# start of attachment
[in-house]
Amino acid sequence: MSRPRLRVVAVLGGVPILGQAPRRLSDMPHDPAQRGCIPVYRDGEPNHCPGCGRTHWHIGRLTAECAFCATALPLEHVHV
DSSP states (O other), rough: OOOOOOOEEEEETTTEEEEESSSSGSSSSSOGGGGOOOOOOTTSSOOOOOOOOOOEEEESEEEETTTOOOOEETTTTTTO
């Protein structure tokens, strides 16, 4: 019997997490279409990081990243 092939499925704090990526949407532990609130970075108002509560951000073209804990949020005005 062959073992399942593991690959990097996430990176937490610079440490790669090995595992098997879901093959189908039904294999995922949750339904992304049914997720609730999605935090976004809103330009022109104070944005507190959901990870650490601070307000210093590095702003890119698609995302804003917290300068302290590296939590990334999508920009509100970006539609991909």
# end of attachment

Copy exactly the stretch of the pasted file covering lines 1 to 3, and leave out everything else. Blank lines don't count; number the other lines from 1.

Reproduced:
[in-house]
Amino acid sequence: MSRPRLRVVAVLGGVPILGQAPRRLSDMPHDPAQRGCIPVYRDGEPNHCPGCGRTHWHIGRLTAECAFCATALPLEHVHV
DSSP states (O other), rough: OOOOOOOEEEEETTTEEEEESSSSGSSSSSOGGGGOOOOOOTTSSOOOOOOOOOOEEEESEEEETTTOOOOEETTTTTTO